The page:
One of the most important steps to keeping yourself safe while traveling is by getting vaccinated no later than 4 weeks before a trip. If you are wondering, “Which vaccines do I need before traveling?” this article will help you figure out who should get vaccinated, what vaccines are needed for which countries, and how long in advance you should get your shots before an international trip.
Considerations and What You Need to Know About Travel Vaccines
Did you know travel vaccines take up to 4 weeks to work because your body needs time to build up an immunity to protect you from specific diseases and illnesses? This means it’s important to schedule an appointment to get immunized a month ahead of traveling to reduce your chances of getting sick. Additionally, let your doctor know about the following aspects of your trip at your next visit:
- Where you are traveling?
- What specific vaccines are recommended or required in the country you intend to visit?
- Is my health ready for my trip? If you are pregnant or have a weakened immune system you may require additional vaccinations before leaving.
- How long will my trip be and what activities will I do?
- Do my medical records show that I have the right vaccines? Make sure you know what vaccines you have had, and whether or not you are due for any boosters before you travel.
Why Should I Get Vaccinated Before my Trip?
Vaccinations not only protect you against a traveling disease or sickness, but it reduces your chances of unknowingly exposing an illness to others. All the diseases listed above are easily preventable by getting vaccinated, and many are serious if contracted. They can cause life-long damage, and in some cases even death, so it is vital to protect yourself no matter what.
When Should I Get Vaccinated Before Traveling?
Make sure you give yourself enough time before you leave to get properly vaccinated. Again, you have to schedule your immunizations at least 4 to 6 weeks before traveling, so make more time than you may need to plan ahead and get vaccinating early. Getting your shots 4 weeks in advance will give them enough time to start working and will protect you against travel-related illnesses or disease. Planning ahead will also give you enough time to get vaccines that require more than one dose.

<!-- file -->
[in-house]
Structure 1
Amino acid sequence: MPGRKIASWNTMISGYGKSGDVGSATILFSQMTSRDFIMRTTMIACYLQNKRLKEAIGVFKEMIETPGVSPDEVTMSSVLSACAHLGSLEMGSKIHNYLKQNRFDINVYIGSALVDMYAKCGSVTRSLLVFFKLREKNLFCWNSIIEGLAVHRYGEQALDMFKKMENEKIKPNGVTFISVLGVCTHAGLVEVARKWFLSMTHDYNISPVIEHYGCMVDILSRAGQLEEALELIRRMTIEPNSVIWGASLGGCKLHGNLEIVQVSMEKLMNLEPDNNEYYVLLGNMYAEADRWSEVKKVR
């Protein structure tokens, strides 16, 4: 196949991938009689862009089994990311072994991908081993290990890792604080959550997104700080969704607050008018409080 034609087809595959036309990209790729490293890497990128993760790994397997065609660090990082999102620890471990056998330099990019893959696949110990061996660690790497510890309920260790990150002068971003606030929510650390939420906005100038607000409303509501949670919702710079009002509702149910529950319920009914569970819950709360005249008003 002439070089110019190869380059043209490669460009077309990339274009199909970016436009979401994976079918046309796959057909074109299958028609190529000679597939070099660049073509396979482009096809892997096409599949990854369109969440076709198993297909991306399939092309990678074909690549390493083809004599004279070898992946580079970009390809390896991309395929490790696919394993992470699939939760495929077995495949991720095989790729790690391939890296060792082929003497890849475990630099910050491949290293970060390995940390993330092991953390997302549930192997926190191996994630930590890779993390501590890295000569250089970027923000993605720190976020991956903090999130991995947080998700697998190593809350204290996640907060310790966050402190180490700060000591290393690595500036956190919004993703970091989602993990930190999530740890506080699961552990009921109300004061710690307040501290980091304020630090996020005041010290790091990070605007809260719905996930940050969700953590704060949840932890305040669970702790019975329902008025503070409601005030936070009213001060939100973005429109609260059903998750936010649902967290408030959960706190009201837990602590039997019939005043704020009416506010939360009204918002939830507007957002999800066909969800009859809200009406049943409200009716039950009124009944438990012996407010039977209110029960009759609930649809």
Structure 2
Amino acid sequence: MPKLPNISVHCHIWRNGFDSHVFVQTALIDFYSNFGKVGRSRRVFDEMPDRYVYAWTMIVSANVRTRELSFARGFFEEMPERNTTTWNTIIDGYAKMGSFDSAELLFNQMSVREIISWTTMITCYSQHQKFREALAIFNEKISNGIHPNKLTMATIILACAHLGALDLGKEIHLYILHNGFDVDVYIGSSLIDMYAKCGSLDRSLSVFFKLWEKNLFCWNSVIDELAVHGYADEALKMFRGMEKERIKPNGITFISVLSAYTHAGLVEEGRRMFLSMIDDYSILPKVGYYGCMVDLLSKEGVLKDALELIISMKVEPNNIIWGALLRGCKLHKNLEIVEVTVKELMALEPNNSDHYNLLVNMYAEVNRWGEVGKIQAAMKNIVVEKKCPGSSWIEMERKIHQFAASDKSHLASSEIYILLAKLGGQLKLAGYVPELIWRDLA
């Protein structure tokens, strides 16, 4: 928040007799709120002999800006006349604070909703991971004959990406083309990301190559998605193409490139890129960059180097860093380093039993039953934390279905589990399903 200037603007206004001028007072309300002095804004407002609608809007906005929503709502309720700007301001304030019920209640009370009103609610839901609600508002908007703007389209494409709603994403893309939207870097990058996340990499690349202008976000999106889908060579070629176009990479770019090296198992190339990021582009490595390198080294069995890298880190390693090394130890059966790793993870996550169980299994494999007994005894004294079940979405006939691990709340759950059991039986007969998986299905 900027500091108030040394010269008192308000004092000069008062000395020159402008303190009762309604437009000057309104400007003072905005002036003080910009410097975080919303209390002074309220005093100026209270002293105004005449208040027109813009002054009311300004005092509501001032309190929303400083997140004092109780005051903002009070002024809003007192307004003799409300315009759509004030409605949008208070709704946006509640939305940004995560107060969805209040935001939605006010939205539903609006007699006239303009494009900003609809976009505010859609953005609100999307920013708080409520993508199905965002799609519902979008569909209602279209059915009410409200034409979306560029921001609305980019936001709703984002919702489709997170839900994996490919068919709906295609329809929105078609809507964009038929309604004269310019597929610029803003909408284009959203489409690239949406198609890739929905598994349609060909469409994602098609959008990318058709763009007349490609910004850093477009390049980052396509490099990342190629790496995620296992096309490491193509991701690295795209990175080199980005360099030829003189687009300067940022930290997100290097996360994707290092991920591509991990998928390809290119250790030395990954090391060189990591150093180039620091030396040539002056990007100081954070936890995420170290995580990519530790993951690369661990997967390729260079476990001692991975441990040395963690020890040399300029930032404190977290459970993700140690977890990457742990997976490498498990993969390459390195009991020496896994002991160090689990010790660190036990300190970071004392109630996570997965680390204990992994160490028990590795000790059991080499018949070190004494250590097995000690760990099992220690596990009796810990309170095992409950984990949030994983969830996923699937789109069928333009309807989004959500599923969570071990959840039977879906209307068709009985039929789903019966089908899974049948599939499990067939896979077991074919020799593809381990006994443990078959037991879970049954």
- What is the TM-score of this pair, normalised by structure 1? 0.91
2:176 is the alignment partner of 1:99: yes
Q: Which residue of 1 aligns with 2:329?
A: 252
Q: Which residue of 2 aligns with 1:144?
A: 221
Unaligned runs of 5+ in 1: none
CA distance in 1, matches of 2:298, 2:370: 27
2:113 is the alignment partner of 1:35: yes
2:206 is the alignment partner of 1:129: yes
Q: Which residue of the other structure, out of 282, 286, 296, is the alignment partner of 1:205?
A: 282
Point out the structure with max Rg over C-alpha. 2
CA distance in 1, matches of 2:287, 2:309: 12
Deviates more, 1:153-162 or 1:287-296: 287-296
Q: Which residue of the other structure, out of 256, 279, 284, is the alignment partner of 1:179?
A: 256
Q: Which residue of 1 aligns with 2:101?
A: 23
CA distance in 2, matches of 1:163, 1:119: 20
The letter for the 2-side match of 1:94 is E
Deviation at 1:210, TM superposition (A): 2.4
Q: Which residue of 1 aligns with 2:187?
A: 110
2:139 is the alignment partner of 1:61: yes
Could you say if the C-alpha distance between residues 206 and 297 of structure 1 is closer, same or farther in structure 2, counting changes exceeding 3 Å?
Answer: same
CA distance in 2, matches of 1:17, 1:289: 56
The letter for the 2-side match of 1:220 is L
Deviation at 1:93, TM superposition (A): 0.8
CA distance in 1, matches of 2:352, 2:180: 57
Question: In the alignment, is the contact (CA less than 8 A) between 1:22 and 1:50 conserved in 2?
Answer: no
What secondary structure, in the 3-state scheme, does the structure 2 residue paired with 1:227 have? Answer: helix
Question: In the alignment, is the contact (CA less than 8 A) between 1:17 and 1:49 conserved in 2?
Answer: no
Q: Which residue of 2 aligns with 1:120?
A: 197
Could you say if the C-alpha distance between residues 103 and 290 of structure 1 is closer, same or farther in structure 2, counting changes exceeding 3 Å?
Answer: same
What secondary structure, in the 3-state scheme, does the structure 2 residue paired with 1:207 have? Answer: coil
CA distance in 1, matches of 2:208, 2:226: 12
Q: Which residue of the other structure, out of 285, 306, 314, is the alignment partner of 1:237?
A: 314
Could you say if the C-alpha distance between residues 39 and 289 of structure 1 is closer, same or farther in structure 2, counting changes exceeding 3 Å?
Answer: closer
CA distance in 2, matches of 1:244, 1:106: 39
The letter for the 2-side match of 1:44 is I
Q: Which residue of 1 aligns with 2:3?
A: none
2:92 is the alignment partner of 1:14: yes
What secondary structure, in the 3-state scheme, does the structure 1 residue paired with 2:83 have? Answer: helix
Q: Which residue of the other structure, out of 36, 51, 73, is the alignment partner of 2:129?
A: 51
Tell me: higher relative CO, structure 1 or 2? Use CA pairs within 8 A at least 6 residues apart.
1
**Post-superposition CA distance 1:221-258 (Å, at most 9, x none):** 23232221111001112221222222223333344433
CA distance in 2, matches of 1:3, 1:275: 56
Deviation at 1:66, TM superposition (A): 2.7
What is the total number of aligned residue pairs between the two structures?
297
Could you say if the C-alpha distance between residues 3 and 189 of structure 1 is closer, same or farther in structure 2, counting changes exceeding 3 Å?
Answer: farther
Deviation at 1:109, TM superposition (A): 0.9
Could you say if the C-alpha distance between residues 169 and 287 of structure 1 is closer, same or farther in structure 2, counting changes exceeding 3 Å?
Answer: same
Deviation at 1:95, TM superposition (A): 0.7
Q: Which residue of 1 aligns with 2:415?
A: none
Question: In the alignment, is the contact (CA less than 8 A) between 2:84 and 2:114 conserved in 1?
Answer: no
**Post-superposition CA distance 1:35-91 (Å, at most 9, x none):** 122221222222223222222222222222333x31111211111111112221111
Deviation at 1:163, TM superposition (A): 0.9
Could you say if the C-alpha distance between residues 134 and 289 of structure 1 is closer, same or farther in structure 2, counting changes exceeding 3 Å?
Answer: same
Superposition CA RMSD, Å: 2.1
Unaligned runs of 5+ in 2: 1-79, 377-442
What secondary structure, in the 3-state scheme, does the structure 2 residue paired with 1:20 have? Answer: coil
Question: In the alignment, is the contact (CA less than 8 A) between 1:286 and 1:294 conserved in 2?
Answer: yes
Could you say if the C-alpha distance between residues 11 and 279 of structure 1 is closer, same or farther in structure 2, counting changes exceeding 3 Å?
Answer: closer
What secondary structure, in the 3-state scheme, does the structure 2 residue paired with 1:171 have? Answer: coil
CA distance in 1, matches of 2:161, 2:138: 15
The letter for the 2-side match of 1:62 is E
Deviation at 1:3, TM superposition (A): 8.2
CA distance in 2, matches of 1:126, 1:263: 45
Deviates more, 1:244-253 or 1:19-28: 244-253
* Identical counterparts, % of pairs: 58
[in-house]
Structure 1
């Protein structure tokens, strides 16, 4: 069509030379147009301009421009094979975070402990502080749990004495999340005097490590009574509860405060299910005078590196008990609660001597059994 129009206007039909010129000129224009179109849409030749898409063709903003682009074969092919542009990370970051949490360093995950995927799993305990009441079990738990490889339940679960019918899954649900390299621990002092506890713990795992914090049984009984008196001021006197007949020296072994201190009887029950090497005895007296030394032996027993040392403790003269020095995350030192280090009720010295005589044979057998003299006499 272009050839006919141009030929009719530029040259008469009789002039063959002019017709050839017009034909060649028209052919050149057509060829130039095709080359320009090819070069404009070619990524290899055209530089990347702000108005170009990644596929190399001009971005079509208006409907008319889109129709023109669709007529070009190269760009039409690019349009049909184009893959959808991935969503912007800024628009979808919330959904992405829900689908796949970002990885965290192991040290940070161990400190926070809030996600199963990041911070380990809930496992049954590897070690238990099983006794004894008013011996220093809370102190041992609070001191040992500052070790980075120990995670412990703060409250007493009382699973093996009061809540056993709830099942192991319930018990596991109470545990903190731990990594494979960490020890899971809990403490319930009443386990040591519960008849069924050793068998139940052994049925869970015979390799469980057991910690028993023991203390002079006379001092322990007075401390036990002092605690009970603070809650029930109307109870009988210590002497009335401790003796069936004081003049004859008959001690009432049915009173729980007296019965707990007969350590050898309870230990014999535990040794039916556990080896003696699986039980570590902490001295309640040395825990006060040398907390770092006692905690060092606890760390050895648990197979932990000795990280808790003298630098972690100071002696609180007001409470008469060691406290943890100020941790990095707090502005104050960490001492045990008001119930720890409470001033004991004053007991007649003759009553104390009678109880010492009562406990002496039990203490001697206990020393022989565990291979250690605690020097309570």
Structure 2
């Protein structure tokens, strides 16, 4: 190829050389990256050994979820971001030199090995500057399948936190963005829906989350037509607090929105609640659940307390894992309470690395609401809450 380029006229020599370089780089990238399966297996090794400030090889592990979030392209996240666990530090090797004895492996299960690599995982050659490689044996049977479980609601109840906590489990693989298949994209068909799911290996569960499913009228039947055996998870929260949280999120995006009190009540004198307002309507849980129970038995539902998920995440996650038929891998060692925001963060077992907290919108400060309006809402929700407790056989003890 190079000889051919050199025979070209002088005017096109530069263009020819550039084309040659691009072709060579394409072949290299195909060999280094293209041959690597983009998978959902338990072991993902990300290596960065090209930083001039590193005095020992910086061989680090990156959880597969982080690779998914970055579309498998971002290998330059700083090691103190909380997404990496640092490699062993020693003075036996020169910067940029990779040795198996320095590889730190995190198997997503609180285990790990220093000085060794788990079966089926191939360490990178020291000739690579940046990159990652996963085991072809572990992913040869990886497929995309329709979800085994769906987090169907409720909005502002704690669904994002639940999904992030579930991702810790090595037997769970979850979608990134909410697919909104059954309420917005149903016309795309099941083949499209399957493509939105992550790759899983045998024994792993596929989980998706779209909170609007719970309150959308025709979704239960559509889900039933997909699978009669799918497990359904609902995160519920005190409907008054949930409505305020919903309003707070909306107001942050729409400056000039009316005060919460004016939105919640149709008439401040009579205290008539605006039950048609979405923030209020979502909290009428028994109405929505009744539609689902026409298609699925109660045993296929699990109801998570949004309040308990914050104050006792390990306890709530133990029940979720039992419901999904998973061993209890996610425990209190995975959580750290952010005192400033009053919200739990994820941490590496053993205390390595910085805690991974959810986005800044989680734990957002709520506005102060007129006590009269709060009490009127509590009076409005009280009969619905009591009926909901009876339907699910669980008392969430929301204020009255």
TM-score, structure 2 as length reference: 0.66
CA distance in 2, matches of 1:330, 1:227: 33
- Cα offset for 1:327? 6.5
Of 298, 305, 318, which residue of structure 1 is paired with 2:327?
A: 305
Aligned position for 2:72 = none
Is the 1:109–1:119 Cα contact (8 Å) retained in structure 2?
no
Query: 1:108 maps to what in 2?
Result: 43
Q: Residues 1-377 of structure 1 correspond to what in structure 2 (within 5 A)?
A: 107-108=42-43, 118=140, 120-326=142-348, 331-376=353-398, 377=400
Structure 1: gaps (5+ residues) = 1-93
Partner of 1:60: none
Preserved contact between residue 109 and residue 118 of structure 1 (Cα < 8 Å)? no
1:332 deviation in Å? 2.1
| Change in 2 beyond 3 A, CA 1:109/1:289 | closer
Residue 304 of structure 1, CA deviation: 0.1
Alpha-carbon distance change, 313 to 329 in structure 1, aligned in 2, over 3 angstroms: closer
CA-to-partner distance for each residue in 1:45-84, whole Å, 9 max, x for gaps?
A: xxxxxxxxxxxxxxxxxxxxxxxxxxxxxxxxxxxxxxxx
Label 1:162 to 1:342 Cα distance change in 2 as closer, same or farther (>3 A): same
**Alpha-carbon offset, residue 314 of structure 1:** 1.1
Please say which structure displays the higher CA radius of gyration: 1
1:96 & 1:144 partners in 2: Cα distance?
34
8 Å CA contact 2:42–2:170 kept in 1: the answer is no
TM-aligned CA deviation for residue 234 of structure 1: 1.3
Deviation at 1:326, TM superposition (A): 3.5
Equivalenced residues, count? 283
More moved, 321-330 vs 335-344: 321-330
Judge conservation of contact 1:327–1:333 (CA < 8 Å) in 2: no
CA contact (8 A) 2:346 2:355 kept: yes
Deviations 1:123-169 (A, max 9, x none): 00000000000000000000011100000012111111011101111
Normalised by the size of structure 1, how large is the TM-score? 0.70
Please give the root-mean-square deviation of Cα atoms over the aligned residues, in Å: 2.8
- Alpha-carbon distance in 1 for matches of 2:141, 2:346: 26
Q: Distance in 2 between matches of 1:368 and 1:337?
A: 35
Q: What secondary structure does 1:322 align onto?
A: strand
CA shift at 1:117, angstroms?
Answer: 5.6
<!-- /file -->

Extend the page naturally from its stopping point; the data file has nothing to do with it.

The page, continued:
Which Travel Vaccines Will I Need?
Tetanus, Diphtheria, and Polio: There are a number of common vaccines recommended by doctors to anyone traveling overseas. Tetanus and diphtheria are found worldwide, while polio is rare and mostly eradicated, it’s still present in areas such as Afghanistan, Nigeria, and Pakistan. If you are traveling to one of these countries, your doctor may recommend a one-time booster shot or check your medical records to make sure you’re vaccinated before leaving.
If you haven’t been vaccinated yet, you can get a combination vaccine that will protect you against all three of these diseases, which will require five follow-up boosters. If it’s been more than 10 years since your last booster shot, you may need to get another dose of the vaccine before traveling.
Measles, Mumps, and Rubella (MMR): You should make sure you have your MMR vaccine before traveling. While measles remains relatively rare in the United States, the Center for Disease Control (CDC) reports that the majority of measles cases brought into the US come from residents returning from a trip abroad. Not only can you protect yourself by making sure you are up-to-date on your routine vaccinations, but you can protect others by getting immunized as well.
Hepatitis A & B: Doctors also recommend getting your hepatitis A and B vaccines before traveling. You contract hepatitis A through contaminated food and water, while hepatitis B is passed through bodily fluids. Both are most commonly found in areas with poor sanitation. It is highly recommended that you get vaccinated if you are traveling to any developing countries.
Yellow Fever: It is required to get the yellow fever vaccine in order to travel to certain countries. Additionally, only registered providers can administer this vaccine and you must get it at least 10 days before traveling. Yellow fever is present in tropical parts of Africa and South America to name a few. Check out this list from the World Health Organization to see if getting vaccinated is required for your trip ahead of time.
Typhoid Fever: This particular illness is present worldwide. However, it is more prevalent in areas where food and water are contaminated with sewage such as in Africa, parts of Asia, and South America. Most people traveling to another country are encouraged to get the typhoid vaccine to protect themselves.
Your physician may also recommend that you get less common travel vaccines. These include rabies, Japanese B Encephalitis, and Tick-Borne Encephalitis. Talk to your doctor if you will be camping, hiking, or likely be near animals during your trip to further protect yourself.
Where can I get Travel Vaccines in Portland, Oregon?
Are you in Oregon and planning to travel out of the country in the near future? Make sure to contact Northwest Primary Care to get the right information to protect yourself. Schedule an appointment to get the travel vaccines you need for your next trip abroad today!